I have already begun to study two etudes from the set. These are Op.10 No.1 and 3. I looked at No.1 for a couple of weeks a few months ago, so while I didn't study it for a long time I studied enough to memorise the notes and have the piece "in my hands", if you will. As for No.3, I have had a long history with this one as I first started practising it from a collection of Chopin pieces many years ago. However, I am proudly ashamed to say that I only studied the A section seriously, i.e. the first section containing the main melody. I deemed the middle section too difficult at the time.
I should also briefly point out which printed edition I will be using for the project. There is a lot of talk out there on which edition is the best for the Chopin Etudes. Henle Urtext, Paderewski, Schirmer, Cortot...it's enough to make your head spin!
Me, personally, I think when it comes to editions of sheet music, it's important to ask which editions to avoid. Fortunately, it's quite simple to determine which editions these are, because they almost never come up on online discussions.
Either way, I decided to go down a less conventional route and ended up purchasing the relatively new Alfred Masterworks edition. I have had a good experience with them in the past, and I liked the fact that the book was ring bound and included the 3 Nouvelle Etudes. Judging by the Amazon "Look Inside" feature, the notes themselves looked clear and nicely spaced out.
I could've referred to IMSLP for the sheet music, however I did wish to have a physical, professionally bound copy of the etudes for this project as I've found that, in many cases, sheet music which I print out ends up being written over with phone numbers or turned into paper airplanes or simply thrown in the recycling bin. Not to mention that, of course, printing for yourself also costs money!
If I ever wish to refer to a specific bar or part of the music on this blog, I will be using extracts from the Schirmer (Mikuli) edition found here on the IMSLP site. If there are any important differences between the Schrimer and Alfred edition, I will point those out.
Etude Op.10, No.1
We begin our studies with, quite possibly, the most terrifying etude in the whole set.
On the page, all it looks like is a series of arpeggios in the right hand going up and down and up and down, and the left hand playing nothing more than very basic octaves. Ha, this is the stuff of 6 year olds!
Oh dear...this is not the stuff of 6 year olds at all. In fact, even the great pianist Vladimir Horowitz once said that he wishes never to perform this etude in public due to its difficulty.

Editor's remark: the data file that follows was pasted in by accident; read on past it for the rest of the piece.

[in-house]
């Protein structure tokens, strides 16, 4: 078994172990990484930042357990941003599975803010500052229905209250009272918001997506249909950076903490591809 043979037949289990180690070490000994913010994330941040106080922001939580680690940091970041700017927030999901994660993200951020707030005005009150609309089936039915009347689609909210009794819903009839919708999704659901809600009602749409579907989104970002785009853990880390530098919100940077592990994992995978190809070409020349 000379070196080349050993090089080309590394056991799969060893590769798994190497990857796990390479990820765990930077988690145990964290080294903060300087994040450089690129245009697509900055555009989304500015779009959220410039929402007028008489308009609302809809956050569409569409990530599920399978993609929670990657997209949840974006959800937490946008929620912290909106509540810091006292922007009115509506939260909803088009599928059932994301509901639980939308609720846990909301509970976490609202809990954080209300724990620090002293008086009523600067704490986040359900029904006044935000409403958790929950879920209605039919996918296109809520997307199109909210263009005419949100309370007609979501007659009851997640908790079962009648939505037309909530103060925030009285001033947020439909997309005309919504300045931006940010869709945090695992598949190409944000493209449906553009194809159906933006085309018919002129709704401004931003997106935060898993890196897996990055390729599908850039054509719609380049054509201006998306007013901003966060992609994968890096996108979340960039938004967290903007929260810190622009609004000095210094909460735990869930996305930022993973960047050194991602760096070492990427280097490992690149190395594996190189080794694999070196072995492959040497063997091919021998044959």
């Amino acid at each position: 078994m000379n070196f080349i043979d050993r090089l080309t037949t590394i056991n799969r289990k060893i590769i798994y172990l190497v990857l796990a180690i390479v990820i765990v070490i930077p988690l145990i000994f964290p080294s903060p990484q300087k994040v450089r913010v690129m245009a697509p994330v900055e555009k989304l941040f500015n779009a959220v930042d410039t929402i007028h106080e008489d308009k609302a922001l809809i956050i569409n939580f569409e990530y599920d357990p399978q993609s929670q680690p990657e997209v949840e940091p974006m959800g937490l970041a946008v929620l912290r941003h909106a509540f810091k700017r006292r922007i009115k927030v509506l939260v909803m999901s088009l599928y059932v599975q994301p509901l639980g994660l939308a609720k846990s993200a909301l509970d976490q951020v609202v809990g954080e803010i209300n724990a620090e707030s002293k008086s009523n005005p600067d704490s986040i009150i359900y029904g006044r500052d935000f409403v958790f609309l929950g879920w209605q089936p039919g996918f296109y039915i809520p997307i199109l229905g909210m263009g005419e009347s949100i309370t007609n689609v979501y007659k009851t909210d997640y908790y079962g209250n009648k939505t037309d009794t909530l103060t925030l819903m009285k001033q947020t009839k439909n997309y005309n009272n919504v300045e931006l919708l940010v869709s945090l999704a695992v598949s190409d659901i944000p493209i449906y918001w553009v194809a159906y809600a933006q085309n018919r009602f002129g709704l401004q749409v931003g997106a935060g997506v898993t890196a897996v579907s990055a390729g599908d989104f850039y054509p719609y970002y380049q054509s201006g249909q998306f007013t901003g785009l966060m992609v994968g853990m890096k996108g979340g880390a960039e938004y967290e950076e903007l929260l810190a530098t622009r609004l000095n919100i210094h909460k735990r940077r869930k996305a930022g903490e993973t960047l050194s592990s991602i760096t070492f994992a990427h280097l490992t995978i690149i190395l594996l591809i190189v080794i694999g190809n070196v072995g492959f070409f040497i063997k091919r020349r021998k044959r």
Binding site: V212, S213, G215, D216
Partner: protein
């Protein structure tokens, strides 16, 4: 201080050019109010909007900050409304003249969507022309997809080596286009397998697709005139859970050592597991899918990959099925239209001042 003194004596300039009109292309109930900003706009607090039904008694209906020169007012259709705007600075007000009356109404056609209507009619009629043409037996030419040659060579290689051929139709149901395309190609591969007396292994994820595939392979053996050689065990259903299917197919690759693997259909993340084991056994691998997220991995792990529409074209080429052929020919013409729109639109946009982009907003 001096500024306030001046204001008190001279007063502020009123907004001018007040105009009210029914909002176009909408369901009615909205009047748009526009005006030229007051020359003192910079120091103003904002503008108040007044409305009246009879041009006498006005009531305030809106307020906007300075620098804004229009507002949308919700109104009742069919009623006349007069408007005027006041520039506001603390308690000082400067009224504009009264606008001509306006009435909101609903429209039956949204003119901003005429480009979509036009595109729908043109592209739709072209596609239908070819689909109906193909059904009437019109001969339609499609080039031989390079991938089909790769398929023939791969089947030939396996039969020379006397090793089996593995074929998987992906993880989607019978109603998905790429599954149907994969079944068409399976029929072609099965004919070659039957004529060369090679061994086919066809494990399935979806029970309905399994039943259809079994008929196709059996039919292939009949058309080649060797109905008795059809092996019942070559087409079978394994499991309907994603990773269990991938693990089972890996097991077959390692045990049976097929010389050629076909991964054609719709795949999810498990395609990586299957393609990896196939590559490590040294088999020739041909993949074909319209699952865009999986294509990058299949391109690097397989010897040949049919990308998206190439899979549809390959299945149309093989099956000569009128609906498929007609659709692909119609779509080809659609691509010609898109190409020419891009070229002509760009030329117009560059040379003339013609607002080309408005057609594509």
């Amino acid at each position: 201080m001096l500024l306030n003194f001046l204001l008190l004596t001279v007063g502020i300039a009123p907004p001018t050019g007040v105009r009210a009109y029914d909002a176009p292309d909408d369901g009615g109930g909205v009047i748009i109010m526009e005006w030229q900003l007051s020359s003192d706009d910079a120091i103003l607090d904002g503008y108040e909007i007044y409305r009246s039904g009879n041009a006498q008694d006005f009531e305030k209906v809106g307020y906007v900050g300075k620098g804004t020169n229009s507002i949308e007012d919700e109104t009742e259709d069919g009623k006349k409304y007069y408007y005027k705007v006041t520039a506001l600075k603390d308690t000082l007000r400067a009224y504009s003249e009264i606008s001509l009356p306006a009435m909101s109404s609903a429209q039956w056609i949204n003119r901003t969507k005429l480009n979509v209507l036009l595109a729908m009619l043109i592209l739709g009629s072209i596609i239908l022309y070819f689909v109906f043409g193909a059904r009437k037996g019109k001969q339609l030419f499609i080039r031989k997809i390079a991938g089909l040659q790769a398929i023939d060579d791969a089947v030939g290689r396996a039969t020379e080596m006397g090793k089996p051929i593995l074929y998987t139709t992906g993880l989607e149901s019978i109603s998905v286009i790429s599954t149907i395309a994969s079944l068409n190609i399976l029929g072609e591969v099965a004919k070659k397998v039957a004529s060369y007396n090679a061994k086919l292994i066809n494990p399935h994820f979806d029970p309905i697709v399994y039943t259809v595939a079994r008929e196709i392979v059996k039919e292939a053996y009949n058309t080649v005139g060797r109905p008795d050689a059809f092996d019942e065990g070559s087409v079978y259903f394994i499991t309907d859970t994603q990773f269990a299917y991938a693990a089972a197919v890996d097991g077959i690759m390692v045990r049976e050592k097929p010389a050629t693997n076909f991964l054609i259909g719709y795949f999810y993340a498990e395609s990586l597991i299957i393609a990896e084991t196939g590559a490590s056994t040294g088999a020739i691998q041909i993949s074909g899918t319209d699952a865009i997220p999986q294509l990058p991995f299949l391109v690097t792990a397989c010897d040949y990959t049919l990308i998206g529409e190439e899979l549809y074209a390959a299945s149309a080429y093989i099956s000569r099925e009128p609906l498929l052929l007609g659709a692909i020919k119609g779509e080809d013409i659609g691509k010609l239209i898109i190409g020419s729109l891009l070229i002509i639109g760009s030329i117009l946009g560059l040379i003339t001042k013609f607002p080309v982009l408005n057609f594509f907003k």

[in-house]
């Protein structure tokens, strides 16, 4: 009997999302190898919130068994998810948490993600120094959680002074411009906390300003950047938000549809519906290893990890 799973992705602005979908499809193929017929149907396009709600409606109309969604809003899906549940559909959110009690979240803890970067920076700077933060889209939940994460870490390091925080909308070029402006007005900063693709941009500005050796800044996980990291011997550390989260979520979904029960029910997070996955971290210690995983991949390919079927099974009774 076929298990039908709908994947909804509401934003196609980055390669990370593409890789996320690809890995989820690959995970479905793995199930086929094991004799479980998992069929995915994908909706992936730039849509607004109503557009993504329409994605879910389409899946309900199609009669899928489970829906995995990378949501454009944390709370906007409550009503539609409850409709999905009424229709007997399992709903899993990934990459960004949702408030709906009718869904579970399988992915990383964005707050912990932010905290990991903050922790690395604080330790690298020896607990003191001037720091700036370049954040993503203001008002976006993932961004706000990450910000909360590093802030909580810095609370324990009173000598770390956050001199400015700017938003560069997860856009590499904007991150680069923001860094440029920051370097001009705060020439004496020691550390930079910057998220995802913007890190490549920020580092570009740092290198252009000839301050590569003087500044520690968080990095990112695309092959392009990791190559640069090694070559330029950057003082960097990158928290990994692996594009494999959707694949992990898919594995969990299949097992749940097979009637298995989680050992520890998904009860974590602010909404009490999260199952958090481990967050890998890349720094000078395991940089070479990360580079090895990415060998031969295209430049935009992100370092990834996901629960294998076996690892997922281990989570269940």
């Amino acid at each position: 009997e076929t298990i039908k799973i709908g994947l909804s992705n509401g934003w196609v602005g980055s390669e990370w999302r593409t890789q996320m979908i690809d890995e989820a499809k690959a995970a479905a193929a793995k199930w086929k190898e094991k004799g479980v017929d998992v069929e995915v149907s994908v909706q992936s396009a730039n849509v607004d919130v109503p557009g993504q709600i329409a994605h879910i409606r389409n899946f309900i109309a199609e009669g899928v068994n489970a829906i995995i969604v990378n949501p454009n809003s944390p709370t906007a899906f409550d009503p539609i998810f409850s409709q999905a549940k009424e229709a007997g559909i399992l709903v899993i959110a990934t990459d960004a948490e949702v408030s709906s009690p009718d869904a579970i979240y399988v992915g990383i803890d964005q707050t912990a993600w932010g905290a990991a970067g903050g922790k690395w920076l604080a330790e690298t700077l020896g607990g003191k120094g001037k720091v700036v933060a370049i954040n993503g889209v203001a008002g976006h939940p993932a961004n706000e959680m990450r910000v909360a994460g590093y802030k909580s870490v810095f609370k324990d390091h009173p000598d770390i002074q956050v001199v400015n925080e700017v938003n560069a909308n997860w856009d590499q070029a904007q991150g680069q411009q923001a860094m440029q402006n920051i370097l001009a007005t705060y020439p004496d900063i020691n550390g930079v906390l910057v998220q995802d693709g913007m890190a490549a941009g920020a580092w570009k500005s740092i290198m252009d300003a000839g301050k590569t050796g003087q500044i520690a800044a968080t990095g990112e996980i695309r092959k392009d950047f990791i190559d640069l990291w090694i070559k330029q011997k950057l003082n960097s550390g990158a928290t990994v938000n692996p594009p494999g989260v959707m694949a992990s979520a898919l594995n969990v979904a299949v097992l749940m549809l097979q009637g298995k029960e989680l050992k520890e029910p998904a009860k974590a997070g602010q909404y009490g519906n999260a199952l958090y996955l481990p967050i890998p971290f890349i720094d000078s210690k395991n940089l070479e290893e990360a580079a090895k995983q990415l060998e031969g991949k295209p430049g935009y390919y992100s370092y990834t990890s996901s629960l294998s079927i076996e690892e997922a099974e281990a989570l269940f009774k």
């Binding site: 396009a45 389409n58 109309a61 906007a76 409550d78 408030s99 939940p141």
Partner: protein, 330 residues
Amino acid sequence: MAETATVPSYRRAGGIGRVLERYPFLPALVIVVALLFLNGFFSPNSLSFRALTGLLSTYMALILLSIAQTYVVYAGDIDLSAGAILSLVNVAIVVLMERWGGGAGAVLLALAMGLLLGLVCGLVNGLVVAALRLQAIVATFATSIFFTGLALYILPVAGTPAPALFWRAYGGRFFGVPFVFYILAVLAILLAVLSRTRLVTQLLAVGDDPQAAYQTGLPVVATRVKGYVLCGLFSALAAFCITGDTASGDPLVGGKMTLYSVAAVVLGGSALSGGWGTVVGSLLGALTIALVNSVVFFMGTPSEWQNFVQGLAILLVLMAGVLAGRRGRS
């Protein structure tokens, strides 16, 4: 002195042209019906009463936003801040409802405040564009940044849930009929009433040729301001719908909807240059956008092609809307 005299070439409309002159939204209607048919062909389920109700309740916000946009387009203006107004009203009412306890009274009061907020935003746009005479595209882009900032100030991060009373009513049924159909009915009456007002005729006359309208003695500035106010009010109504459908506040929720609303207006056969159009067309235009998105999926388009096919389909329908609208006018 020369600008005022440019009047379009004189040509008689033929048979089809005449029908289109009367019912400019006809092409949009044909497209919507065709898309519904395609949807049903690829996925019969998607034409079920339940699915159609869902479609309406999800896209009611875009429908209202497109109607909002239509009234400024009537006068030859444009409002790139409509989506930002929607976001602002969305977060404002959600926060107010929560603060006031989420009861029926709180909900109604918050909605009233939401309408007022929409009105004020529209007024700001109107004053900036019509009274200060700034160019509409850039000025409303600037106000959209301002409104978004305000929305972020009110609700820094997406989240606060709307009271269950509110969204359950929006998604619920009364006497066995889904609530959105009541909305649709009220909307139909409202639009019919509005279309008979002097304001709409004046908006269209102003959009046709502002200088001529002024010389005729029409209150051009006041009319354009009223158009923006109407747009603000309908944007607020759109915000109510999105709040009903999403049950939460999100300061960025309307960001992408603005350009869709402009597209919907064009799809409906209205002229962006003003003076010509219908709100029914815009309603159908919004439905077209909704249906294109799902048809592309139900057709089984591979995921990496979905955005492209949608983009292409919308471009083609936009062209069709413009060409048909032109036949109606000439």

So what's so difficult about it?
First of all, it is wrong to assume that this is a study in arpeggios. The right hand is not playing arpeggios at all. Let's follow the piece note for note...
The piece starts off with the left playing a C octave in the bass, followed immediately by the right hand playing the notes: C G C E, followed by the same set of notes an octave higher...and an octave higher...until reaching the top E of the piano, and then descending with the same, reversed pattern all the way to the C at the bottom. The fingering for "C G C E" given by the sheet music is "1 2 4 5".
Try the right hand out slowly on a keyboard if you can. It feels awkward because, unlike in basic arpeggios, you are required to shift your hand across the keyboard in playing those four notes (unless you have very big hands, but that's not the point). Then, after playing those four notes, you have to shift the whole hand up an entire octave, playing the C played by the 4th finger again by the thumb.
This pattern is, pretty much, the essence of the piece. The notes themselves change throughout the piece as Chopin uses different harmonies, but the pattern pretty much remains the same throughout, with very little rest for the right hand throughout the piece.
(note: I will assume throughout these blog posts that the reader has never studied the Chopin etudes, but of course that won't be true for everyone)
I initially thought, therefore, that this etude is about stretching and shifting the right hand.
But I have come to terms with the idea that, no, this etude is not about stretching at all, although it may seem like it at first due to the grouping of 10th chords. There is, counter-intuitively, no need to stretch the right hand at all in this piece!
I think this etude is definitely about being able to smoothly and efficiently shift the right hand while being accurate with the fingers.
I also think there's something to be said about the expansion/contraction motion of the right hand. You need to spread the fingers out to play the broken chords, but then you've got to bring the thumb right up to the position of the little finger when you're shifting the position of the right hand to an octave above. And vice versa on the way down, where you bring the little finger up close to the thumb.